Patients of all ages may have chipped and broken teeth resulting from accidental injury. Minor cosmetic damage does not affect a tooth’s ability to function normally. For example, a small piece missing from the corner of a tooth may not weaken the overall structure of the tooth. Pediatric patients with a slightly chipped baby tooth can simply wait for it to fall out and the adult tooth to grow in. Adults often choose to repair a chipped front tooth to improve the appearance of their smile.
More serious cracks and chips can make a tooth susceptible to breaking. Patients may also experience difficulty or discomfort chewing or biting with a chipped or broken tooth. A dentist can generally repair damaged teeth to make them stronger and restore function. Patients should have a dentist evaluate their chipped or broken tooth as soon as possible to determine the extent of damage and decide on a treatment plan.
Types of Procedures to Repair Chipped or Broken Teeth
Enamel Shaping: A dentist may simply file down a slightly chipped tooth corner to remove the ragged edge or smooth a rough surface. Patients typically do not need anesthesia or sedation for this quick procedure. However, this approach does not restore the tooth to its original dimensions and may leave the patient’s smile looking less symmetrical.
Dental Bonding: A dentist can fix small to moderate chipped areas with composite resin. The dentist molds the enamel-colored plastic directly onto the patient’s tooth. The dentist uses a special lamp to cure the composite and bond it to the patient’s tooth immediately. This means the patient does not have to wait for the lab to fabricate a prosthetic. Patients who want their tooth restored in a single visit often choose this option. Bonding is typically more affordable than other restoration procedures.
Veneers: A dentist can attach a veneer to the front of a slightly chipped or cracked tooth to make it look new again. This procedure may involve removing a small portion of tooth enamel to provide room for the veneer. The treatment requires two sessions. During the first session, the dentist prepares the tooth as needed and makes a mold to send to the dental lab. During the second session, the dentist attaches the custom made veneer to the patient’s tooth and bonds it in place. Some patients choose to have their teeth whitened before having a veneer fitted. That way, the dentist can match the veneer color to the lightest natural enamel shade the patient can achieve.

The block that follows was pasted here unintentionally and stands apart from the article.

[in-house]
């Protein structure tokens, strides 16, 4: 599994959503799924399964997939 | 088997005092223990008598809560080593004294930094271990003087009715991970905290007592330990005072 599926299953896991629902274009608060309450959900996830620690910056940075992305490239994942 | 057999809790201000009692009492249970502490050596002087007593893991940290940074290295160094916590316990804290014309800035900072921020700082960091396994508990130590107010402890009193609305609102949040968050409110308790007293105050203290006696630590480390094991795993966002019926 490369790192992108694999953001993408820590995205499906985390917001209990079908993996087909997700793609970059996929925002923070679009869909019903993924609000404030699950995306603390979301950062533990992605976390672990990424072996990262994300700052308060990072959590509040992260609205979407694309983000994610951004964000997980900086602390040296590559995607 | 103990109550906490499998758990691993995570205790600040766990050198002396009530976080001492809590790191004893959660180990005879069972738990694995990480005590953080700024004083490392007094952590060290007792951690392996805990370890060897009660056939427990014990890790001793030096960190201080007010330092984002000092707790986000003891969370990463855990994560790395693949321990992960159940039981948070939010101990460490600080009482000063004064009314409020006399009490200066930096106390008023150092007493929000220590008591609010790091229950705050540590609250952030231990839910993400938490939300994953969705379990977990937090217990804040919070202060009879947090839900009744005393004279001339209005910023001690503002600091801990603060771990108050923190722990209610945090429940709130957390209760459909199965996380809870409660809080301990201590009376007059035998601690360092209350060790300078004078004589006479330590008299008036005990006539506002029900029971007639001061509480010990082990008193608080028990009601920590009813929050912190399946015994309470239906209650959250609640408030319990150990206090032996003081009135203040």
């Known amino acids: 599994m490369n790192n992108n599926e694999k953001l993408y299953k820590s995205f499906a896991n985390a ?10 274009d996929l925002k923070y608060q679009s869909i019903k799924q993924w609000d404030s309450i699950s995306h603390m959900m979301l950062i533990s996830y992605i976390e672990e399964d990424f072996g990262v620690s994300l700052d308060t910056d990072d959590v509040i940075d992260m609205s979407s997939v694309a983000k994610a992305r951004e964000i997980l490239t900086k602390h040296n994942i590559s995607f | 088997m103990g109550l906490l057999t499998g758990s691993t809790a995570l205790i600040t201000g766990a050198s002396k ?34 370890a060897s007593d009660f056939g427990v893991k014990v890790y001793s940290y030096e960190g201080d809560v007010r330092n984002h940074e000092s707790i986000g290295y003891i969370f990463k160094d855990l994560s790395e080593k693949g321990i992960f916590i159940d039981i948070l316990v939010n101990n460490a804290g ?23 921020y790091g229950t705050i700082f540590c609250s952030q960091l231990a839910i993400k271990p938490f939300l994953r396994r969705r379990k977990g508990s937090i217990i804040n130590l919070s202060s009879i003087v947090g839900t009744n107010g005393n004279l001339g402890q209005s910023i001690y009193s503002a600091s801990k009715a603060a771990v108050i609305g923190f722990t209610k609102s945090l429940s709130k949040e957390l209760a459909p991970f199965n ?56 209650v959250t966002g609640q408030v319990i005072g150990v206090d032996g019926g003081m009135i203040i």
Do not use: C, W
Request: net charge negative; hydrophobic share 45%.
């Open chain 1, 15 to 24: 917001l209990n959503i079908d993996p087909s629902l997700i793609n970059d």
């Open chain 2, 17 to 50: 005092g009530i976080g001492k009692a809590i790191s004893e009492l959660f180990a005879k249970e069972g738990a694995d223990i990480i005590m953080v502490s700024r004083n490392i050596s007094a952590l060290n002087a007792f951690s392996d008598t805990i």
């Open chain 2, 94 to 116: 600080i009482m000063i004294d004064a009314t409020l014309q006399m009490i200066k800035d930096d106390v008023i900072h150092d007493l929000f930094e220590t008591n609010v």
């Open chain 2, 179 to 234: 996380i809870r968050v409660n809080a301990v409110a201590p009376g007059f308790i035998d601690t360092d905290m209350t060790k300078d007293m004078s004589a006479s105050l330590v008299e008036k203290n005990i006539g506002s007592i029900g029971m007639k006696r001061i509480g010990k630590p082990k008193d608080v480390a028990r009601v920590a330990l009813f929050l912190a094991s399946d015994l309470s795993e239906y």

Onlays, Inlays and Crowns: A patient may need a larger restoration to repair a moderately to seriously damaged tooth. Onlays restore the surface of a tooth. Inlays typically fill a cavity. Dentists use porcelain onlays and inlays to repair molars since this ceramic material is very strong and can withstand the pressure of chewing. Metal or porcelain crowns restore badly broken teeth that don’t require extraction. The dentist may remove some healthy tooth structure to provide an appropriately shaped base for the crown. Patients who want their restored tooth to look natural generally choose full porcelain crowns or porcelain fused to metal. A dental lab fabricates porcelain crowns, inlays and onlays based on a mold of the patient’s teeth.
Cost to Restore Chipped or Broken Teeth
The cost of repair depends on the extent of damage and whether the solution is temporary or long lasting. Enamel shaping may cost less than $100. Composite bonding can cost several hundred dollars depending on the complexity of the restoration. Veneers and crowns may cost $500 to $2000 each depending on the types of materials used and the degree of tooth preparation required. Insurance coverage varies widely for tooth repair based on the specifics of a patient’s plan and whether the treatment is considered medically necessary or simply cosmetic.
Pros and Cons of Fixing Chipped or Broken Teeth
Patients who are self-conscious about the appearance of a damaged tooth may benefit from a better self image after restoration. Treatment to restore a broken tooth can also reduce the need for more extensive procedures (such as a dental implant) by keeping the tooth from cracking further. If the broken tooth results in an exposed nerve, repair can provide significant pain relief.
Dental repairs may last several years or several decades. However, they must eventually be replaced. Veneers and crowns require preparation of the tooth that may weaken it further. If a veneer or crown comes off, the tooth may look worse than it did before the restoration procedure. Patients should anticipate the cost of occasional replacement of their tooth restorations.